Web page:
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Houseguest Survival Kit

02/26/2011

We’ve all enjoyed the little samples of shampoo, lotion and facial soap found in tidy bundles on a hotel counter. Perhaps you’ve stayed at someone’s house and been pleasantly warmed by a thoughtful robe and slippers left at the foot of the bed.

I remember my mother and I attending a series of meetings at a church several hours from home when I was about 9. We knew no one, but my mother quickly became engrossed in conversation with the folks there. It grew late, and unexpectedly, the pastor’s wife insisted we stay with them at their home. I felt quite embarrassed that we had no clothing or toiletries and were unexpected guests. I still remember that this amazing hostess had not only toiletries  for unexpected guests, she also had a drawer of pajamas in various sizes and several varying sizes and types of pillows on the bed.

Since we married, I’ve striven to provide the type of place where anyone could stay at any time, for any reason – and on the spur of the moment. Granted, I don’t have a closet full of clothes or a collection of slippers waiting for guests (yet!) – but I have thought quite a bit on the houseguest survival kit. I collected a few favorite ideas:

  • A collection of local area maps and attractions tailored to a variety of guest’s personalities: the breweries, the hiking trails, the book shops, the historical points of interest, the couture shopping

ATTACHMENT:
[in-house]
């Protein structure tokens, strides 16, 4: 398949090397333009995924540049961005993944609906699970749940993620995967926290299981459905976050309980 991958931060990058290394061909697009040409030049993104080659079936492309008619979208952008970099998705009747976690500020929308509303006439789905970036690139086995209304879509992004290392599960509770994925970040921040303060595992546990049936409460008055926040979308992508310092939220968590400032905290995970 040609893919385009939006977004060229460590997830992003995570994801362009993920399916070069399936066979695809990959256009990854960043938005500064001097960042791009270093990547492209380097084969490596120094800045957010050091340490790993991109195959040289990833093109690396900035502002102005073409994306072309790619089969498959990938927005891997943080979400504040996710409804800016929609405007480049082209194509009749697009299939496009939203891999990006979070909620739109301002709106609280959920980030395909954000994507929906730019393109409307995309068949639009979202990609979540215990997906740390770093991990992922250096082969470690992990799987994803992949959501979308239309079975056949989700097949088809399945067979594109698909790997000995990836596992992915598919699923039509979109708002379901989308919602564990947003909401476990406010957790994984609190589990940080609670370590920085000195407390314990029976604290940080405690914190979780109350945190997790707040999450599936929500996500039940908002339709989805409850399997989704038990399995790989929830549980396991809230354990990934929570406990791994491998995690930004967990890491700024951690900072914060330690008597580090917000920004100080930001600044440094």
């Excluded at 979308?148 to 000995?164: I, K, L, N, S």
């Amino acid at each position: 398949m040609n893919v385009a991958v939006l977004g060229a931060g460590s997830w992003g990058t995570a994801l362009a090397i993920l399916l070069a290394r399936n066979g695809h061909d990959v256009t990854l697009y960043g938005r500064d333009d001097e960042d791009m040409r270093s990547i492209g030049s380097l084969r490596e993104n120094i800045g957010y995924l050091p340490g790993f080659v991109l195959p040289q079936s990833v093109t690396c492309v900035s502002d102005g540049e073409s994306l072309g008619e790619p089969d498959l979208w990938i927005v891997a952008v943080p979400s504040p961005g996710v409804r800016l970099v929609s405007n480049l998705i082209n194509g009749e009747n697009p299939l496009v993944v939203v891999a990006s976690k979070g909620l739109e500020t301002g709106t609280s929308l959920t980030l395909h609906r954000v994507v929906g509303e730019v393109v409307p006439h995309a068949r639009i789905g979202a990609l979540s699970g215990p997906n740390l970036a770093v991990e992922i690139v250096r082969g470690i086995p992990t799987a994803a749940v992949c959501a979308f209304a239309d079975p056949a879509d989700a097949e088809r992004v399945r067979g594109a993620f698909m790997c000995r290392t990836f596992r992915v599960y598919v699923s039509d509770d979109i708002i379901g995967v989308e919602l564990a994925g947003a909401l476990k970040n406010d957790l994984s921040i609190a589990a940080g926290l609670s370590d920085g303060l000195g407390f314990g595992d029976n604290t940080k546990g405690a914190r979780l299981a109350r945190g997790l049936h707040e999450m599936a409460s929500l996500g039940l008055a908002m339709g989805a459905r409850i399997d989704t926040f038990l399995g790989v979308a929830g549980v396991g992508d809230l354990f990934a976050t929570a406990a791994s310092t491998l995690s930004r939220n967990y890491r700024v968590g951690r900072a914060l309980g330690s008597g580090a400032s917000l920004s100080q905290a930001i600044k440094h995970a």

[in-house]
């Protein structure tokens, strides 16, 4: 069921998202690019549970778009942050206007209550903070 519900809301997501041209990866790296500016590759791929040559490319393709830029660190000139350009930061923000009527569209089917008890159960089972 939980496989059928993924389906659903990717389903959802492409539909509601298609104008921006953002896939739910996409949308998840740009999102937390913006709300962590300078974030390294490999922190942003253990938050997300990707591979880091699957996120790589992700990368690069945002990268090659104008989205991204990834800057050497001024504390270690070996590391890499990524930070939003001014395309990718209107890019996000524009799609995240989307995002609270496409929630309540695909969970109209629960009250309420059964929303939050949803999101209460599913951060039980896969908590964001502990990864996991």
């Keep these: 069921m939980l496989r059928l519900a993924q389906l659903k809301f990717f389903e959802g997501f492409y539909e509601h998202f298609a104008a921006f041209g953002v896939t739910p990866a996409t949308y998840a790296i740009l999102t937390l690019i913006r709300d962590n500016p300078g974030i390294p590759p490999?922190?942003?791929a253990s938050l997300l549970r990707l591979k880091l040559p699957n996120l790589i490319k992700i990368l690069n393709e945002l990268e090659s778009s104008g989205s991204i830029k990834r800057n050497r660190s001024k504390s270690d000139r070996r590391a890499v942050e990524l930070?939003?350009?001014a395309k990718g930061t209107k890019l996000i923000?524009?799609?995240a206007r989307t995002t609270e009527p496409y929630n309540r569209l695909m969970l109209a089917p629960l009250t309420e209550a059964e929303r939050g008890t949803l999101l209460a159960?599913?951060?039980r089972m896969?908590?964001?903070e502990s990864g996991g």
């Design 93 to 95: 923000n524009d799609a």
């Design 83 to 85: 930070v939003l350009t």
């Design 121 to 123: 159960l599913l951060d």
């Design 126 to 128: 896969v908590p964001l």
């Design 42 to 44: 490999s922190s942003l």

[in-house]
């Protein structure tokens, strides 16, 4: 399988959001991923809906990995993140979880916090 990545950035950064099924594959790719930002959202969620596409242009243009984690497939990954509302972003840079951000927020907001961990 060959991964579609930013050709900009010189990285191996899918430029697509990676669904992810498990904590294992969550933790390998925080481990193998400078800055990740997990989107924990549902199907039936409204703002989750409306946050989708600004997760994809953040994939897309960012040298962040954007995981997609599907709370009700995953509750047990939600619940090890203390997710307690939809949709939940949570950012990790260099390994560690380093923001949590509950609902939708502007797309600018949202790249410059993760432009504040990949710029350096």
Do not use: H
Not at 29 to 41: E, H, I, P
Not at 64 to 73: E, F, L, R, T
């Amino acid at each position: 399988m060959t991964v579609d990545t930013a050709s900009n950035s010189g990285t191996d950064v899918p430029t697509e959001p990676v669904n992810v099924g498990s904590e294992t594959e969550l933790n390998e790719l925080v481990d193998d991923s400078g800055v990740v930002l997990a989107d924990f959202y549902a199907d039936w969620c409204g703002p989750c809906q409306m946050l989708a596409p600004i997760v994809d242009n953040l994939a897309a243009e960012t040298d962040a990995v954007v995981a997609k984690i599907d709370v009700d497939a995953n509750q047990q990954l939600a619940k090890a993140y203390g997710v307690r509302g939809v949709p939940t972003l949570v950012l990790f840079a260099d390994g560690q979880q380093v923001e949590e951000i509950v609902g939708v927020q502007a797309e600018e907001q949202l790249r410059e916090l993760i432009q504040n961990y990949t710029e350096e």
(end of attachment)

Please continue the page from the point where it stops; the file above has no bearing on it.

• An extra key – giving you both more freedom and less distracting coordination of who’s where when
  • Especially if you live in a busy city, a list of details the locals all know like what subway stop to avoid, where the cheapest gas station can be found, restaurants to avoid or seek out
  • Don’t forget basic niceties like a Kleenex box, a few magazines or books, a fluffy robe, a bottle of lotion
  • Err on the side of too many details: a small fan for white noise, extra blankets/pillows, a small heater, fresh flowers (if you’re sure they’re not allergic!), light-blocking curtains, a bed-side carafe of water, a burning candle, an empty drawer or closet space, a place to sit and a place to store the luggage, extra hangers, an iron and small ironing board, a hairdryer, even a personal 1-cup coffee maker….
  • In the bathroom, an assortment of (unopened, personal size) mouthwash, toothbrushes and toothpaste, shampoo and conditioner, lotion, body spray/wash, sponges and cotton swabs
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